That said, for many of these scams to work, scammers want you to hand over your personal information. Knowing the red flags to look out for can help you avoid giving out the information they desperately need, protecting you and your assets from falling into the wrong hands.

“The key to avoiding many scams is to stay educated and to continuously monitor your accounts for suspicious activity,” says Liz Loewy, former chief of the elder abuse unit in the Manhattan District Attorney’s office who is now senior vice president for industry relations at EverSafe a service that helps protect seniors from fraud and identity theft.

When in doubt about whether an offer or request is legitimate, it’s best to have a trusted family member or friend take a look, Loewy says.

“It never hurts to have a trusted advocate serve as a second set of eyes,” she says.

What follows are some of the most common scams targeting seniors today.

1. Phone Scams
Scams that take place over the phone are one of the most common types to affect seniors. Some current schemes include people posing as IRS agents to collect personal information (the IRS does not contact you over the phone) and scammers pretending to be technicians from computer companies claiming to have detected a problem with your computer. With little way of verifying a caller’s identify, avoid giving out any personal information over the phone.

Once on the phone, it can be hard for many seniors to say no to caller requests. To avoid being put in an uncomfortable position in the first place, consider screening calls on cell phones and landlines with caller ID. If you don’t recognize the number, don’t pick up.

2. Medicare and Health Insurance Scams
Beware of people posing as medical professionals who request your medical information over the phone or online. Scammers can use your health insurance ID number and other personal information to fraudulently bill Medicare or insurance companies. In the meantime, you could get saddled with copays and percentage-based fees for care you never received.

Also be wary of companies selling durable medical equipment such as wheelchairs, and claims that they’re covered by Medicaid. Since Medicaid has strict rules about which agencies you can use to acquire medical equipment, oftentimes this type of equipment is not actually covered.

Don’t provide your medical information to anyone unless you are 100 percent sure you know who you’re talking to. Review your insurance statements regularly to spot any suspicious activity.

3. Internet and Email Scams
Watch out for pop-ups on your computer, phone or tablet that ask you to download things like virus protection software. Ironically, you may actually be downloading a virus that will mine your computer for personal data.

Similarly, you may receive official-looking emails telling you to download something or click on an unknown link. “Phishing” scammers often use this tactic, and once you click, the scammer is given a porthole into the information stored on your computer. What’s worse, sometimes simply opening these emails is enough to give scammers access to your data.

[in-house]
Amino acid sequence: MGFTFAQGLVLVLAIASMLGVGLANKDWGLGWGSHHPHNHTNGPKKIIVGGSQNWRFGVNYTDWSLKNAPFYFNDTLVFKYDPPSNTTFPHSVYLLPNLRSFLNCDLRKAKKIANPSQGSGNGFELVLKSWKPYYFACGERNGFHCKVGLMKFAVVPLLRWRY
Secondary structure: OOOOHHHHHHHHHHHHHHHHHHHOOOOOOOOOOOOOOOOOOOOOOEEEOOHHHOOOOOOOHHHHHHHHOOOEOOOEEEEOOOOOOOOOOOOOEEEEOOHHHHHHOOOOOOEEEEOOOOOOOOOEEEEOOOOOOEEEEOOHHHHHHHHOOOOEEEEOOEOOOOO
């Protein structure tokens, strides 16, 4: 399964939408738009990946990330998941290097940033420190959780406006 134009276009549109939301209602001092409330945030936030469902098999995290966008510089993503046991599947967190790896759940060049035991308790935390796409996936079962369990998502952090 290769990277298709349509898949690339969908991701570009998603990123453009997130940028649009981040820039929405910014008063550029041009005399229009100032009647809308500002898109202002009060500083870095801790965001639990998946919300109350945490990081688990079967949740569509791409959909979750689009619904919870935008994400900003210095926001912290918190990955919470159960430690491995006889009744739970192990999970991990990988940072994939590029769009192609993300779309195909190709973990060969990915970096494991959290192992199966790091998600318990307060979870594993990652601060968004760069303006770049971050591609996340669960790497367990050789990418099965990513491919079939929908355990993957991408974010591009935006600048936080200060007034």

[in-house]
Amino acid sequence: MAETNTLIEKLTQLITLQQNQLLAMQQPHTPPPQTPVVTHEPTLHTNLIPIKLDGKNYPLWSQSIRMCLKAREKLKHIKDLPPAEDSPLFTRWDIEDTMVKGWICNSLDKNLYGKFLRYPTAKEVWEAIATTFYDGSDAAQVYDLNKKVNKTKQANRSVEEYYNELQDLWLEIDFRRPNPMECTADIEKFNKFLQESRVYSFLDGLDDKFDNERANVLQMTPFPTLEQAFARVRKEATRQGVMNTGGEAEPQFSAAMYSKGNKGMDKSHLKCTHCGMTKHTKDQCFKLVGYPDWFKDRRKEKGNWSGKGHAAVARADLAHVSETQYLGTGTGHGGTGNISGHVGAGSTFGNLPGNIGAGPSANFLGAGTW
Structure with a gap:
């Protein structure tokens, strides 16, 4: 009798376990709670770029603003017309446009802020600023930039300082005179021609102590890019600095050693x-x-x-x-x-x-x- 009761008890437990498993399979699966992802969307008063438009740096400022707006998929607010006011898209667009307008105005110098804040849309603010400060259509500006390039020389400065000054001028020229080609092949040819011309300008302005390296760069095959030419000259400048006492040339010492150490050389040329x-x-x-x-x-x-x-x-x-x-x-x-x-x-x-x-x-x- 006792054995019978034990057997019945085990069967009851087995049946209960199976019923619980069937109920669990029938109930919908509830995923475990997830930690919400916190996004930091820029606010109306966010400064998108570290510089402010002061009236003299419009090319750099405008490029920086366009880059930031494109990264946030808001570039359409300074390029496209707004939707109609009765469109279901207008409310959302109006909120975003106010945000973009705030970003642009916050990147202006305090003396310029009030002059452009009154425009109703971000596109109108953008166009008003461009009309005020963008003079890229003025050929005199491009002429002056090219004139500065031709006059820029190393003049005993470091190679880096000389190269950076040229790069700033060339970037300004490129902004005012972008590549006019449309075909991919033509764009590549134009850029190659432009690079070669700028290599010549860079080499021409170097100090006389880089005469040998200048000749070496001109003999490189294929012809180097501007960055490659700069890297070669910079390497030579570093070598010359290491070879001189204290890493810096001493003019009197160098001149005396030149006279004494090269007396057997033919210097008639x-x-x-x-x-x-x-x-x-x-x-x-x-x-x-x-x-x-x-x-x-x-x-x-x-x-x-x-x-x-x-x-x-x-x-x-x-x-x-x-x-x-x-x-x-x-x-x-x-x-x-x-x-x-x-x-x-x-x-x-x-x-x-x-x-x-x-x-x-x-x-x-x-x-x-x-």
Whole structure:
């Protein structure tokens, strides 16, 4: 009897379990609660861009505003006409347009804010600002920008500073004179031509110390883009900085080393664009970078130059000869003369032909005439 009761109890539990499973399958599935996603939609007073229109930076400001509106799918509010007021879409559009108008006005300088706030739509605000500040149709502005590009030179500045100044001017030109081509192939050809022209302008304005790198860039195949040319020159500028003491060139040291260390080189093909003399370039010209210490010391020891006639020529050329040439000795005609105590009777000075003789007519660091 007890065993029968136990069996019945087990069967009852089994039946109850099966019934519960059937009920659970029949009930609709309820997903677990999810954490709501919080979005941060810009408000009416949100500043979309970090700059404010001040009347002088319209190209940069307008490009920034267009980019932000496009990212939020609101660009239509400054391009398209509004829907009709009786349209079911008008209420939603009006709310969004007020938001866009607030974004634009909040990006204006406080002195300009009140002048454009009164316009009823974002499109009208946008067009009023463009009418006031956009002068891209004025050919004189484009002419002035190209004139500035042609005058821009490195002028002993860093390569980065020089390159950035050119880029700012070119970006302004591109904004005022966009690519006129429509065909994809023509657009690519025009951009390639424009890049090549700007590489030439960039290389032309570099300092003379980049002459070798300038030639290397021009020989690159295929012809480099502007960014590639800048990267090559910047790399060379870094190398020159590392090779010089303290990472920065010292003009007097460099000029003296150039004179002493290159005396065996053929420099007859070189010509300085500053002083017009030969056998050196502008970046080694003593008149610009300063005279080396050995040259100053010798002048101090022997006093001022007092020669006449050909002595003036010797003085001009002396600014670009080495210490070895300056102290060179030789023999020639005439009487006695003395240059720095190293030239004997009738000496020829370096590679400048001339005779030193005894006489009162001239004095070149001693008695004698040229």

Before opening any emails, make sure they’re from a legitimate source that you recognize. In general, before entering any personal information online, look for a padlock symbol in your browser bar (near the URL) or a web address that includes HTTPS at the beginning of the URL. Any information you type into a website that includes these markers is encrypted and protected by the website.

4. Sweepstakes and Lottery Scams
Scammers may inform you that you’re the winner of a sweepstakes or lottery prize, and that all you have do to claim your prize is pay a processing fee or taxes upfront. They may go so far as to send a fake check for you to cash, knowing that it will take a few days for your bank to reject it. In the meantime, the fraudster can pocket your money and disappear.

5. Investment Schemes
Seniors managing their finances after retirement may encounter investments that sound too good to be true. That’s because a lot of the time, they are. Investments that purport to be a limited-time offer or claim returns that are higher than the market—think the Bernie Madoff pyramid scheme—should raise red flags for any investor. Make sure you fully understand any kind of investment you’re considering participating in.

6. Asset Recovery Scams
An insidious and increasingly common scheme, asset recovery scams target older adults who have already been the victim of a scam. For example, a perpetrator might contact a senior taken in by a timeshare scam, promising to help the senior recover some of their lost money. The scammers then collect personal information from the senior that gives them access to the senior’s finances — victimizing them twice.

7. Social Media Scams
Increasingly, seniors are on social media, and that means a lot of their personal information is readily available to the public. If you’re on social media, scammers may find photographs of friends and family members, gathering names and other information. Then they contact you, claiming that one of the people you know is in some kind of financial trouble and needs you to send them money. Protect your information on social media by changing privacy settings so that only family and friends can view your profile.

8. Charity Scams
During the end of the year, the holiday season, or after a well-publicized disaster, some scammers try to take advantage of seniors’ charitable instincts by soliciting money for bogus organizations. Before giving, make sure to vet all charities to make sure they are legitimate and that your money will actually go to help those in need.